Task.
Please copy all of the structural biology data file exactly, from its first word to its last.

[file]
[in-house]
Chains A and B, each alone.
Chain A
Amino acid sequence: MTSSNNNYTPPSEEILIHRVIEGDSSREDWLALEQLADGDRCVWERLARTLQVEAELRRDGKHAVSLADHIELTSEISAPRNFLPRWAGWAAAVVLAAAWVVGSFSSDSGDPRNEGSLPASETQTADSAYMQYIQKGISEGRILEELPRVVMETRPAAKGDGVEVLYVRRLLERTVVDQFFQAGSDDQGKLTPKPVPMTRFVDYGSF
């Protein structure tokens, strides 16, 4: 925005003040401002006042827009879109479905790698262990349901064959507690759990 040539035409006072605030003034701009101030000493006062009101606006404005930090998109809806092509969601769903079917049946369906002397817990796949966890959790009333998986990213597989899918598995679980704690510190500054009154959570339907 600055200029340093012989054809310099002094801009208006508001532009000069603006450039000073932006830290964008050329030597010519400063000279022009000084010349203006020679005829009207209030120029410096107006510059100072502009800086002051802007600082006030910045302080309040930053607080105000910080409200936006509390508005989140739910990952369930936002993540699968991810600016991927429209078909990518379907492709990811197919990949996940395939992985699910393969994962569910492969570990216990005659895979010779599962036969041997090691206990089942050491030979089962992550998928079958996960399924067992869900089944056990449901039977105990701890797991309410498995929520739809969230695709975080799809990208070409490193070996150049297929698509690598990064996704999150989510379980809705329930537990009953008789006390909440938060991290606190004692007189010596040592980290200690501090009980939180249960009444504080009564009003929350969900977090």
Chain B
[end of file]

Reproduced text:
[in-house]
Chains A and B, each alone.
Chain A
Amino acid sequence: MTSSNNNYTPPSEEILIHRVIEGDSSREDWLALEQLADGDRCVWERLARTLQVEAELRRDGKHAVSLADHIELTSEISAPRNFLPRWAGWAAAVVLAAAWVVGSFSSDSGDPRNEGSLPASETQTADSAYMQYIQKGISEGRILEELPRVVMETRPAAKGDGVEVLYVRRLLERTVVDQFFQAGSDDQGKLTPKPVPMTRFVDYGSF
């Protein structure tokens, strides 16, 4: 925005003040401002006042827009879109479905790698262990349901064959507690759990 040539035409006072605030003034701009101030000493006062009101606006404005930090998109809806092509969601769903079917049946369906002397817990796949966890959790009333998986990213597989899918598995679980704690510190500054009154959570339907 600055200029340093012989054809310099002094801009208006508001532009000069603006450039000073932006830290964008050329030597010519400063000279022009000084010349203006020679005829009207209030120029410096107006510059100072502009800086002051802007600082006030910045302080309040930053607080105000910080409200936006509390508005989140739910990952369930936002993540699968991810600016991927429209078909990518379907492709990811197919990949996940395939992985699910393969994962569910492969570990216990005659895979010779599962036969041997090691206990089942050491030979089962992550998928079958996960399924067992869900089944056990449901039977105990701890797991309410498995929520739809969230695709975080799809990208070409490193070996150049297929698509690598990064996704999150989510379980809705329930537990009953008789006390909440938060991290606190004692007189010596040592980290200690501090009980939180249960009444504080009564009003929350969900977090």
Chain B